The Argentinean portion of Patagonia comprises five provinces, of which the northernmost one is known as Chubut. You have to fly about two hours southwest from Buenos Aires to get there, yet it’s still over 1,000km (about 600 miles) from the tip of the continent—just barely into Patagonia when you consider its overall scale. This impossibly dry, windy, and desolate area is as far south as Paul Theroux got in The Old Patagonian Express. He felt he was nowhere, and it was here that he experienced his much-quoted epiphany that nowhere is a place. Although I was to discover a much more varied and inviting landscape a few days later as we traveled deeper into Patagonia during a trip there in 2004, I have fond memories of the quiet, empty, and rugged steppes of Chubut.
Wonders Around Every Corner
Our guide had arranged for us to spend an entire day visiting one of the region’s most popular areas, Peninsula Valdés, a provincial park that is home to more wildlife than you can shake a camera at. This peninsula is really more like a large island connected to the mainland by a narrow isthmus. In certain seasons—though not when we were there—whale watching is the peninsula’s big industry, as migrating southern right whales and orcas frequent the waters just off the coast. We did see plenty of elephant seals and sea lions and a variety of birds, not to mention an astonishing number of sheep. But the thing I found most interesting on Peninsula Valdés was the view from a rest stop.
We had been driving for quite some time through an endless expanse of Nowhere on our way from Somewhere to Somewhere Else. We had a schedule to keep, but we could afford perhaps 15 minutes for a quick rest stop. As we pulled into a restaurant’s parking lot, our guide mentioned that if we walked down this trail to the right, we could see (still more) elephant seals; if we took the trail to the left, we’d be able to see a most unusual sight known as Caleta Valdés, or Valdés Creek. The left-hand trail was a 15-minute round trip, which meant that we were supposed to choose between using the restrooms and beholding a natural wonder. I opted for a hasty restroom visit and a jog down the trail on the left.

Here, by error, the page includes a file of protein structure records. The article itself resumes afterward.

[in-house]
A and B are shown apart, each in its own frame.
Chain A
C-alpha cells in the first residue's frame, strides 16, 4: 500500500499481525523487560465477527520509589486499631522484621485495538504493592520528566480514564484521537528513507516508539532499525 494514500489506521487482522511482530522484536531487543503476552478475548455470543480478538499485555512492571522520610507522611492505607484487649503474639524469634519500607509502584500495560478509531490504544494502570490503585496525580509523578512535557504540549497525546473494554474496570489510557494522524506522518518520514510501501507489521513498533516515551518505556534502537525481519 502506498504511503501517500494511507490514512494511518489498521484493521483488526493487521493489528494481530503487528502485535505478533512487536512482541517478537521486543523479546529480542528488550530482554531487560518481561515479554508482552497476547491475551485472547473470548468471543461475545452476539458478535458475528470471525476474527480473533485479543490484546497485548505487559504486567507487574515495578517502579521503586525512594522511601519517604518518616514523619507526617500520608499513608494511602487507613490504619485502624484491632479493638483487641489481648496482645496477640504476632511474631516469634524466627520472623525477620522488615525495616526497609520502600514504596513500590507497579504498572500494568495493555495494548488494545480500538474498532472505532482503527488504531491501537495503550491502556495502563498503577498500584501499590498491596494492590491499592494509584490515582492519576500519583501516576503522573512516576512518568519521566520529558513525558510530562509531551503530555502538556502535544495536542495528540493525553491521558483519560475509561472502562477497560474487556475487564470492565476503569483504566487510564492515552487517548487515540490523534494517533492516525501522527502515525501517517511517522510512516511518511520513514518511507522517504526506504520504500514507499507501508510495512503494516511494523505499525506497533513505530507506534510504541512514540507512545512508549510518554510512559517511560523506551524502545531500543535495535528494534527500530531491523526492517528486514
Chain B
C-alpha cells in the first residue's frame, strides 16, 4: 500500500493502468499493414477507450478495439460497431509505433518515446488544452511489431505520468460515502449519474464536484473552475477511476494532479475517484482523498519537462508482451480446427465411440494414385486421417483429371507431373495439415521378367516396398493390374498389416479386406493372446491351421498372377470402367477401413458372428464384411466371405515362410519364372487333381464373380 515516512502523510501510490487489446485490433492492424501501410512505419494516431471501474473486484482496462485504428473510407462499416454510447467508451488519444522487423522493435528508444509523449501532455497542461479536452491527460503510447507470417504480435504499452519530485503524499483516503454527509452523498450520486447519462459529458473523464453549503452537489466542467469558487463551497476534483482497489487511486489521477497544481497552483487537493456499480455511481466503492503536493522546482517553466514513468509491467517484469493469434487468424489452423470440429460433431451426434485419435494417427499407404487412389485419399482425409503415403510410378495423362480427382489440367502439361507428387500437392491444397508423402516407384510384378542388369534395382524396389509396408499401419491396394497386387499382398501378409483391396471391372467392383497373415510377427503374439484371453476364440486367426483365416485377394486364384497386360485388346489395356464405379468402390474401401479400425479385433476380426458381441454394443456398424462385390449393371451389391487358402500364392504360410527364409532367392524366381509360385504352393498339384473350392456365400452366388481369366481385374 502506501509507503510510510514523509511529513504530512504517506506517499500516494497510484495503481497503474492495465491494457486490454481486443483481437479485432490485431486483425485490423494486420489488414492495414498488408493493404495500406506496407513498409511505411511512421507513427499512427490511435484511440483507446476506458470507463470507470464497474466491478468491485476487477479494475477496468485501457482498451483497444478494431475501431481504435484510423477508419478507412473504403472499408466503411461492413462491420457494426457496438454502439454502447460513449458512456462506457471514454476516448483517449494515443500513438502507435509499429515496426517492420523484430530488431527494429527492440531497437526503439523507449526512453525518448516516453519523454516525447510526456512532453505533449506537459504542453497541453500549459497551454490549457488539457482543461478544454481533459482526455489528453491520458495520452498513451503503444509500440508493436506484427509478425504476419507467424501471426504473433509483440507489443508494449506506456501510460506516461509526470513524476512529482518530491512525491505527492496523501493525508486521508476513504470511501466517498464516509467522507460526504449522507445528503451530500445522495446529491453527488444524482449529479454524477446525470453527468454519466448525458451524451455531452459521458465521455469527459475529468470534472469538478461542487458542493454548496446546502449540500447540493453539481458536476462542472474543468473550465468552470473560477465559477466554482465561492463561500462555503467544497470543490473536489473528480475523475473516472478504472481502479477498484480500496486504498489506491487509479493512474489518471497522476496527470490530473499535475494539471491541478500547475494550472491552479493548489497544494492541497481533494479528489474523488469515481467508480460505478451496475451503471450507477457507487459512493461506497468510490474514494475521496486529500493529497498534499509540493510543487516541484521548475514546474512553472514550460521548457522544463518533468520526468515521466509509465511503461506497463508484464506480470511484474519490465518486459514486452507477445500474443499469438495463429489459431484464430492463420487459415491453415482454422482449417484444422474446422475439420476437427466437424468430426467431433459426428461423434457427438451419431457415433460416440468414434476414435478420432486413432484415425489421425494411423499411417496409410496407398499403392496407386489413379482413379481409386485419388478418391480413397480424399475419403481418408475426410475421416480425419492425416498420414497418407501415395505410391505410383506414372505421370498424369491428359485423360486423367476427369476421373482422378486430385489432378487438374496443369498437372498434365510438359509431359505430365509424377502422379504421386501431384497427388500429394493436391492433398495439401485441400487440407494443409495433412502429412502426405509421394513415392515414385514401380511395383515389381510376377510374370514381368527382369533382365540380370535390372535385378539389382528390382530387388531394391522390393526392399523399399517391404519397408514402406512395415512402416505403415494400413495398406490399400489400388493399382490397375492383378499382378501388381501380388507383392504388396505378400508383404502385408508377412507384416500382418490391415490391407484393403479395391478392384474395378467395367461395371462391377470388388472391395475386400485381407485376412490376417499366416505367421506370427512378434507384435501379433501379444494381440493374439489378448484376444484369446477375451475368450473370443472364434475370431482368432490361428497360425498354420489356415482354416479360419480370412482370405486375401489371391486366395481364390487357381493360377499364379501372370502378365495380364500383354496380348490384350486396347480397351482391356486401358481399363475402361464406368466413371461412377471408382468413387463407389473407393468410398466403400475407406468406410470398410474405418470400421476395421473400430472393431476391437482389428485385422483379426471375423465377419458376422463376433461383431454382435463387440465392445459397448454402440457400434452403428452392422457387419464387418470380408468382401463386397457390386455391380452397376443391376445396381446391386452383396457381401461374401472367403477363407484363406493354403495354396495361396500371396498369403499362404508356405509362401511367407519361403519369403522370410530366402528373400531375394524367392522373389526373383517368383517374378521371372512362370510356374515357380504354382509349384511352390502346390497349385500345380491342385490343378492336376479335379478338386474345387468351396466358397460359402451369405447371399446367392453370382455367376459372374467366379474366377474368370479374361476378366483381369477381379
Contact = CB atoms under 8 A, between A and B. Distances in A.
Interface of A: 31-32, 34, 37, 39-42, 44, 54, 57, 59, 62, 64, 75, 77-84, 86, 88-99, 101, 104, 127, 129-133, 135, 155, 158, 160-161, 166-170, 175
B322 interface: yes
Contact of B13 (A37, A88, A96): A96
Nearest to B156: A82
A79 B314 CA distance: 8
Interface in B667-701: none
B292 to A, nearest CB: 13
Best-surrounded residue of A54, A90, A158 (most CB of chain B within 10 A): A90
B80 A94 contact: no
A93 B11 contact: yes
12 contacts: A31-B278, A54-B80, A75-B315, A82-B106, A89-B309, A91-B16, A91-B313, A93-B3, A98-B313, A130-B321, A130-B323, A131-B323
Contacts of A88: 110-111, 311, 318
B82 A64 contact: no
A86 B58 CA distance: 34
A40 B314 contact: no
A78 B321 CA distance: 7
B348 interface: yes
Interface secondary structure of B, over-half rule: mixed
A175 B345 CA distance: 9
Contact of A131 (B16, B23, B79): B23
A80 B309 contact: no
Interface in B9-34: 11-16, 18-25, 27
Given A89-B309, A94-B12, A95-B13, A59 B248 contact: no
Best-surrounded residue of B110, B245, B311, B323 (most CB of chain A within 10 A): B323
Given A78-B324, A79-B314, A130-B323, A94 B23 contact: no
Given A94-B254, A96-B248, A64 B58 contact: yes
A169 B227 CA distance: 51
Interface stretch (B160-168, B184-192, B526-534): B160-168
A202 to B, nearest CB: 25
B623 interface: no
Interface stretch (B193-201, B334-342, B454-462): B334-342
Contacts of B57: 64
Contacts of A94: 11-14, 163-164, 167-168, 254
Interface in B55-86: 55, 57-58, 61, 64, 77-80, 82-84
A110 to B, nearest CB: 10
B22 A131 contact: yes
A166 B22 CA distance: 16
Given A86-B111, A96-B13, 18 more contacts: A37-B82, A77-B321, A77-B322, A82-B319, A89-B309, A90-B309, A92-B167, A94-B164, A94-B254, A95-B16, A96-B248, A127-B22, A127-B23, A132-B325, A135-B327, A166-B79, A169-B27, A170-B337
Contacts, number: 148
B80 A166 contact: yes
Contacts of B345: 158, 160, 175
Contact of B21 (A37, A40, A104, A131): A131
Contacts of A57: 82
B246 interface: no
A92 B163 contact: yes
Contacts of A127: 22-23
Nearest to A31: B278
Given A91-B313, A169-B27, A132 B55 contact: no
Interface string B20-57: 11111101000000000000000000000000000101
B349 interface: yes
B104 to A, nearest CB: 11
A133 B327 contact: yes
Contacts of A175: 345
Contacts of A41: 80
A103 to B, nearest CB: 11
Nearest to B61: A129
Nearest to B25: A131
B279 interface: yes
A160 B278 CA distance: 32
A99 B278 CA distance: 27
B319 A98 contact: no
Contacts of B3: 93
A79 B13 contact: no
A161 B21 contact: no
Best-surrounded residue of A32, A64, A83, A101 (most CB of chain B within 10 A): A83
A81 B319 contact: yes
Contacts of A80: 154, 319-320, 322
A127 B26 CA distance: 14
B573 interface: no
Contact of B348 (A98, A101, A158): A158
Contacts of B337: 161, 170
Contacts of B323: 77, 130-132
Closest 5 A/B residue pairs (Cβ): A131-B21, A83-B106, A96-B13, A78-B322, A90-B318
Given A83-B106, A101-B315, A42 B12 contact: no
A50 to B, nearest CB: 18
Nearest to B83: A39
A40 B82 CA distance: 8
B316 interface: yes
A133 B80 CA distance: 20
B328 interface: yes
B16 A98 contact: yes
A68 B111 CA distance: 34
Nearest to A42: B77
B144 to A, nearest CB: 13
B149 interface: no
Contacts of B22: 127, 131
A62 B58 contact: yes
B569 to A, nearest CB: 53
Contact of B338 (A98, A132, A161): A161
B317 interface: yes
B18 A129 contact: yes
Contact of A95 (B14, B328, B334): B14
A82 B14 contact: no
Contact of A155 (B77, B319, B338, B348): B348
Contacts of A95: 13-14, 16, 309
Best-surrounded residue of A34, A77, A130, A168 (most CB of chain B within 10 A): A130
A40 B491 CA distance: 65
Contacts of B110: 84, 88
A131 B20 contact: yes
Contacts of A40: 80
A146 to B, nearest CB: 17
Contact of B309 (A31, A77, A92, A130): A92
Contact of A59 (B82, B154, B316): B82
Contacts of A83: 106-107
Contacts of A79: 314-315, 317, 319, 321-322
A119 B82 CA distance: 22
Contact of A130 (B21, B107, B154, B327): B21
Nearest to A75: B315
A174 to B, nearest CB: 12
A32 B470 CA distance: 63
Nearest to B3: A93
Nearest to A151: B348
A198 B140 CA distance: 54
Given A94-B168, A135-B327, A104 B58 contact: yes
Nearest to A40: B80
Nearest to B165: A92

Catching the Drift
What we saw from an overlook at the end of the trail was a long, thin strip of land—basically an overgrown sandbar—running parallel to the coast. At the far end, about 30km (20 miles) north, this strip of silt is connected to the peninsula. Here, at the southern end, is the only inlet to the so-called creek—a channel about 150m (500 feet) wide. A couple of decades ago, the channel was 600m (2000 feet) wide, but it’s been shrinking ever so slowly. The strip of land that separates the creek from the ocean, known as a coastal cord, tends to trap a bit of sediment every time the tide goes out. For years, observers have predicted that it will close up entirely “any day now.” They were saying that back in 2004 when I visited, but (based on the most recent satellite images I could find) it hasn’t closed up yet. If it ever does, and if no other outlet forms, Caleta Valdés will change from a creek to a salt lake. Given the shallowness of that lake and the area’s extremely low humidity, it could dry out completely in several more years. But for all I know, this geological feature could persist indefinitely.
In any case, this accumulation of silt makes Caleta Valdés the only spot on the continent where the coastline is growing; everywhere else it’s either being eroded slowly away or receding due to rising ocean levels. It’s almost as though this little strip of land is thumbing its nose at continental drift, growing out toward the east as the whole continent slips slowly westward. This small wonder was well worth an abbreviated rest stop.
Note: This is an updated version of an article that originally appeared on Interesting Thing of the Day on January 25, 2005.